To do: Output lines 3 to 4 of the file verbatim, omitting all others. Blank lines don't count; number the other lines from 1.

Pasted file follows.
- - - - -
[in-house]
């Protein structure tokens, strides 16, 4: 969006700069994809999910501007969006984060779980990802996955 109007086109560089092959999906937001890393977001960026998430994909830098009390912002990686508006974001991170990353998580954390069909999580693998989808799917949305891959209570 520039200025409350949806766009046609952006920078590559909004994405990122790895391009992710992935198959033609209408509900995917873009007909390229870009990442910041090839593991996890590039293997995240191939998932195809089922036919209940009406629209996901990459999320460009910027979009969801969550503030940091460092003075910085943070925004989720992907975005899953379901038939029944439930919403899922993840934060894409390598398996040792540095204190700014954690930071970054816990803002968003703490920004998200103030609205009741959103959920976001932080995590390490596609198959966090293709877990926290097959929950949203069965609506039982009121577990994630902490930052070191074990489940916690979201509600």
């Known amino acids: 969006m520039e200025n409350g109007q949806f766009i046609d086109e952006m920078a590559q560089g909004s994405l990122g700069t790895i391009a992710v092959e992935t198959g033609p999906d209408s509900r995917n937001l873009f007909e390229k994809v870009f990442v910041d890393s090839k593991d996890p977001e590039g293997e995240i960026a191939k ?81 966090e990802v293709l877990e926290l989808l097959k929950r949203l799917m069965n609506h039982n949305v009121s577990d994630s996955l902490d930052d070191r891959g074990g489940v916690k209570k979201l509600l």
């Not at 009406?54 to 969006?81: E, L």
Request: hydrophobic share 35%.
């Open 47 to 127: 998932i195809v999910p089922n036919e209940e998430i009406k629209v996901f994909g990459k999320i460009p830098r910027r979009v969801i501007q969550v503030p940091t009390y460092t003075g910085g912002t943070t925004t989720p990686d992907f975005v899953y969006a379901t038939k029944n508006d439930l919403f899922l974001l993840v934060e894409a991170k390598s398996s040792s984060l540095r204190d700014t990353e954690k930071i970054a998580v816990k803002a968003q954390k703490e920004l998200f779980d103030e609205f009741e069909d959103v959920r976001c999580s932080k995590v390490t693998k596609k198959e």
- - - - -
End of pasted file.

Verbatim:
């Known amino acids: 969006m520039e200025n409350g109007q949806f766009i046609d086109e952006m920078a590559q560089g909004s994405l990122g700069t790895i391009a992710v092959e992935t198959g033609p999906d209408s509900r995917n937001l873009f007909e390229k994809v870009f990442v910041d890393s090839k593991d996890p977001e590039g293997e995240i960026a191939k ?81 966090e990802v293709l877990e926290l989808l097959k929950r949203l799917m069965n609506h039982n949305v009121s577990d994630s996955l902490d930052d070191r891959g074990g489940v916690k209570k979201l509600l």
């Not at 009406?54 to 969006?81: E, L």